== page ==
Ontario’s new vaccine passport plan might lock the front door of Toronto’s bars to the unvaccinated, but it leaves the patio door open for them.
Call it the patio pass? Call it learning from previous lessons.
Whatever you call it, with today’s better covered and heated patios, it means non-vaccinated patrons will still be able to dine, have a beer and watch a game.
“I see it as good news,” said Tim Brem, of Timothy’s Pub on Brown’s Line.
When the Ford government announced the COVID-19 vaccine passport system will begin Sept. 22, they made sure that patios were exempt, while also allowing masked patrons to use the restrooms.
“I totally agree with it,” said Brem. “You don’t want to see the creation of an ugly, segregated society because that is not what the hospitality industry is all about.”
Of course, it would be better to not require what really amounts to special licencing for movement in society, but since that is not in the cards, this move seems to find the right balance.
The people inside restaurants need to comply with the verification regime while takeout and patio patrons can still partake as customers. Businesses are allowed to serve all patrons.
“It’s a compromise that I think will appeal to all parties,” said Brem.
Tony Elenis, president and CEO of the Ontario Restaurant Hotel and Motel Association, agreed there are “complexities” that need to be addressed and said he thinks it’s a positive the province has learned from previous lockdowns.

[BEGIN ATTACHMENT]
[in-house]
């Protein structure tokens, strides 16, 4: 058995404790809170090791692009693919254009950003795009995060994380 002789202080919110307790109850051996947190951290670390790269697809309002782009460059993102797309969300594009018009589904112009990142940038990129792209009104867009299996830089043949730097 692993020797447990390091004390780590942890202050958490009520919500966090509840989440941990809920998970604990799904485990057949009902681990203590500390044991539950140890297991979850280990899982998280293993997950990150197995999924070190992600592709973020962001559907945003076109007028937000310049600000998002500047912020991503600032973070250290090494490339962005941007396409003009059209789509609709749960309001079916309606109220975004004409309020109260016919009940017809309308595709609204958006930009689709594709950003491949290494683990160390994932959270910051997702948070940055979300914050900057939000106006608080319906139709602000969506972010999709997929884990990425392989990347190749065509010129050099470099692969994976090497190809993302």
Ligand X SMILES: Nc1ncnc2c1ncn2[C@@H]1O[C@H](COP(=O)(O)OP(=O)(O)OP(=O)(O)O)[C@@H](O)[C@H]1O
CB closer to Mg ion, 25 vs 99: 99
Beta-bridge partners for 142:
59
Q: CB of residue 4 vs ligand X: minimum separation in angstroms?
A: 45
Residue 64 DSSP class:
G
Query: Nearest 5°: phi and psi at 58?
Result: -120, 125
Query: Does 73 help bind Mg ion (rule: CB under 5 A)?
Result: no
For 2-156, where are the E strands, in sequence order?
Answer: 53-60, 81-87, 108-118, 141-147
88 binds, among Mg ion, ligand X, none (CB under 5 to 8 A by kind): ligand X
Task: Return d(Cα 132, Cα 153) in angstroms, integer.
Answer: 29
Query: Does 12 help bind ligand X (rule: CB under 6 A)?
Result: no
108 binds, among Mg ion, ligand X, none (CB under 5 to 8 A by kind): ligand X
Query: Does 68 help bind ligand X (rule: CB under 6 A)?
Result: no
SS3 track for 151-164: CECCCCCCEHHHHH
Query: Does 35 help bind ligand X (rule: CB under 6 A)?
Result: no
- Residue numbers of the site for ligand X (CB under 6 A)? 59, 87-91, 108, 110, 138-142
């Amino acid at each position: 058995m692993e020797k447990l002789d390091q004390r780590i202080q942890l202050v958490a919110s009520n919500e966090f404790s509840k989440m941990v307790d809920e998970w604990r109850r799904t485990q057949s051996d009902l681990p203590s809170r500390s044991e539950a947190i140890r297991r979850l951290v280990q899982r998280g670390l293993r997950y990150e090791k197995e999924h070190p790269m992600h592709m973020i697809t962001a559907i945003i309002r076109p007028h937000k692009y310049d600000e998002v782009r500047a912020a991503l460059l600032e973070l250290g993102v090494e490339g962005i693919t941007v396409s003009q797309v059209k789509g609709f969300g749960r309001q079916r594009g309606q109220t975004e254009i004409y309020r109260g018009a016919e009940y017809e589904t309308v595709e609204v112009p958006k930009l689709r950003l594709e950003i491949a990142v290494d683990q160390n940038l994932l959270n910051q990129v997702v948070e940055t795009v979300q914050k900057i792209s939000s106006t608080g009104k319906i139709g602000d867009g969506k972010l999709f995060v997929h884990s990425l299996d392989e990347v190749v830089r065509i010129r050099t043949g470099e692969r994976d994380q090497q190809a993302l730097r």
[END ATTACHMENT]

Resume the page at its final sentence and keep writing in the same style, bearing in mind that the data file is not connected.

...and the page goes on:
As far as the passports — and the eventual QR codes people will need to produce — Elenis said his 12,000 members are in agreement because they want to avoid more of the lockdowns that have ravaged the industry.
“We say let’s move with it if it will stimulate growth in our industry.”
That said, there is a reality that his members are small businesses with small profit margins and not policing agencies.
“There will need to be government support big time,” said Elenis. “One thing that would help is a national (passport) standard.”
For Brem, the bottom line is small operators should not be faced with policing passport violations and governments need to understand that simply saying “call 911” to stop potential conflicts is not realistic.
Pub owners, he said, want people to come in, and have a good time while enjoying drinks and food.
Elenis agreed: “Hospitality is supposed to be fun.”
Having people arguing over vaccine passports is not fun.
But the Ford government has found a way to have a pass for vaccinated people while allowing others to opt out.